How do you handle your emotions after getting a pink slip?

When you’re having trouble coping with a job loss, you don’t know whether to scream, go bowling, or sue the bastards. Your initial outcry, “I’ve been screwed,” is only natural.

Dealing with rejection of any kind is one of life’s messiest situations. But in order to move on with your career, you must deal with it.

Three easy ways of dealing with emotions after being handed a pink slip

  1. Allow yourself a period of time to mourn over your loss. On the Holmes-Rahe Stress Scale—a list of life events that can make you sick—losing your job is right up there with loss of a loved one. Because emotions generated by a job loss can be just as overwhelming, you need to allow for a mourning period as you acknowledge your feelings and decide to cope with change.
  1. Get busy with your job search. Activity is one of the best antidotes for feeling depressed.

I learned this truism one morning when a fellow career coach greeted me with, “How are you today?” When I replied I was feeling depressed, Cindy suggested that getting into activity would be the best medicine. It was. Since then, I work on a project as a way of dealing with lowered feelings.

  1. When talking to people, leave your emotions behind. Your anger is projected onto prospective employers whenever you wallow in emotions. This can ruin relationships. When your anger shows, you’ll blow the interview and bowl a lousy game.

Why you should give top priority to your emotions

You’ll deal well with emotional states by admitting the problem causing your feelings exists and is affecting your life—especially your career plan.

If you’re still having difficulty coping and are thinking, “somebody throw me a rope,” then agree to consult with a therapist, career coach, or social worker. They can help you to move on.

Most of you will not be forced to abandon a job search while dealing with emotions surrounding a job loss. But it’s a good idea to slow down its pace. Just continue the networking, self-assessment, and resume writing stages of your job finding campaign. Those items take the most time, anyhow.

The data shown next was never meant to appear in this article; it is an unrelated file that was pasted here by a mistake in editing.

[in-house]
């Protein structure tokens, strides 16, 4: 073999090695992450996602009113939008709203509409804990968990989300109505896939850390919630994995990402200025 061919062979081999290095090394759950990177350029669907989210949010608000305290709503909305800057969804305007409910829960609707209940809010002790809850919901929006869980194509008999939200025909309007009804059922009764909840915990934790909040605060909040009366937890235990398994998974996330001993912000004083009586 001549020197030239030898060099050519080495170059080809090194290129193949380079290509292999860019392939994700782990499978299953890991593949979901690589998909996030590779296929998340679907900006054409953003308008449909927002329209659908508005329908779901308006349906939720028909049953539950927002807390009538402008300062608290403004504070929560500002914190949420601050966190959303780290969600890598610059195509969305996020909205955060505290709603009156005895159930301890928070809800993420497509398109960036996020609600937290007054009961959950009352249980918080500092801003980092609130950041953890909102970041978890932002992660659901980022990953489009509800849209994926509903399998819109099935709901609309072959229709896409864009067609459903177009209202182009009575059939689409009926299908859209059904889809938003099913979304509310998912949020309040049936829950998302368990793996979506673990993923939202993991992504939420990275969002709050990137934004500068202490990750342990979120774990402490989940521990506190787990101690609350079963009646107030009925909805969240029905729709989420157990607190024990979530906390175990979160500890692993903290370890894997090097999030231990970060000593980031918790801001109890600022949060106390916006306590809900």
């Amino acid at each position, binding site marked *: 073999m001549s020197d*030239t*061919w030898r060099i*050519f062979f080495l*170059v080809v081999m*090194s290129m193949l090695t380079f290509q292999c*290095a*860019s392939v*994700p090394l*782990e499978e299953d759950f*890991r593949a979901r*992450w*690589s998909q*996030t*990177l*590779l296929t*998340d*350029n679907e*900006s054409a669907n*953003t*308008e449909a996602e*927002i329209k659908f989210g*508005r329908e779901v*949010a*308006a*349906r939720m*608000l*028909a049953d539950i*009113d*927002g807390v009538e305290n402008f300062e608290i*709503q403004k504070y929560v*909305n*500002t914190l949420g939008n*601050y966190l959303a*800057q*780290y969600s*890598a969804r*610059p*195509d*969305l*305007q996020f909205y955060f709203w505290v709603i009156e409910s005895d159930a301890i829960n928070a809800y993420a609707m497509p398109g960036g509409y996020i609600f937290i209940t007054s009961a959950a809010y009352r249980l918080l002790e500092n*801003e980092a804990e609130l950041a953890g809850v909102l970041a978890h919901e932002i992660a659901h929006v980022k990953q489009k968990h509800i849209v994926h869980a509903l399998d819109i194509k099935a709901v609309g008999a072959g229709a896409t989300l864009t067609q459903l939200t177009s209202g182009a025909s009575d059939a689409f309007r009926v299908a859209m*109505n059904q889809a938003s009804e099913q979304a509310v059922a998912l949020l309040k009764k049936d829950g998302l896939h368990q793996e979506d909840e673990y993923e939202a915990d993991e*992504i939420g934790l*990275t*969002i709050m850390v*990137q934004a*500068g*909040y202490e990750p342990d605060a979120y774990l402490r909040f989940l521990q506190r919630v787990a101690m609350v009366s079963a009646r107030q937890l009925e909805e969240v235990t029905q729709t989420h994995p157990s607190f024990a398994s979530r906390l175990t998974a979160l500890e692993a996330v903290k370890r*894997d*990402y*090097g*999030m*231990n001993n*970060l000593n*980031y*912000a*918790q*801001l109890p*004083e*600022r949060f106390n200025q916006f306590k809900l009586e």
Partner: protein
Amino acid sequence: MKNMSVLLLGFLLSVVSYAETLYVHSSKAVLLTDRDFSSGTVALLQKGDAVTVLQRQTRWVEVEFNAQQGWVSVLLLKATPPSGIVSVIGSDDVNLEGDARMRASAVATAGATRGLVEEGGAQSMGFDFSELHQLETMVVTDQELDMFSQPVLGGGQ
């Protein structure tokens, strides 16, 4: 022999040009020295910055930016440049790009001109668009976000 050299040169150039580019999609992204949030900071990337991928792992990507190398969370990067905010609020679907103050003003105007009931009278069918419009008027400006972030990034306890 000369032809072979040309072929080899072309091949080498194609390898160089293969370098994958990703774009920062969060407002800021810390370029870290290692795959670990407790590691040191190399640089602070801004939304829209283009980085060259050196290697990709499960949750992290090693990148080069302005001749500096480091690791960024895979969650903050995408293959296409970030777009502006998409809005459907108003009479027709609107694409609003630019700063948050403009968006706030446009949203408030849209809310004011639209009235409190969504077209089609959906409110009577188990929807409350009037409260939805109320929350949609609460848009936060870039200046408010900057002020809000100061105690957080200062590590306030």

So if your job has been cut, give top priority to dealing with your emotional state. This will help remove the psychological barriers that keep you from being at your best when interviewing for the job you want.

RANDY PLACE is the author of “Your One-Minute Job Finding Coach: How to Find a Job and Manage Your Career While Coping With The Hassles of It all.”  To discover how this book can help your job-finding campaign with 60-second coaching vignettes, CLICK HERE

CLICK HERE to order Your One-Minute Job Finding Coach from

Copyright ©2016 by Ransom (Randy) Place


About the Author

RANDY PLACE IS A JOB-FINDING and executive coach, writer on career topics, broadcaster, and host of For twenty-three years, he helped thousands of employees who had been let go from JPMorgan Chase find jobs. And he coached executives at CBS Television, Pitney Bowes, and major outplacement firms in New York on job-finding techniques, communications skills, and selling strategies. An accomplished seminar leader and speaker, Randy has designed and presented workshops on interviewing, telephoning techniques, job-search writing, and sales training nationwide. Randy's groundbreaking nationally syndicated radio series, Your Career Service, has been heard on over two hundred radio stations across the United States. And his articles on career topics have appeared in the Wall Street Journal's National Business Employment Weekly. A former broadcast journalist in New York, he has also been a commercial spokesperson for an array of national and regional advertisers. In addition, Randy was a sales executive at NBC Radio and the New York City sales manager for syndication at Wolper Productions. He holds a Bachelor's in Sociology and Broadcasting from Syracuse University, and a Master's in Journalism from New York University.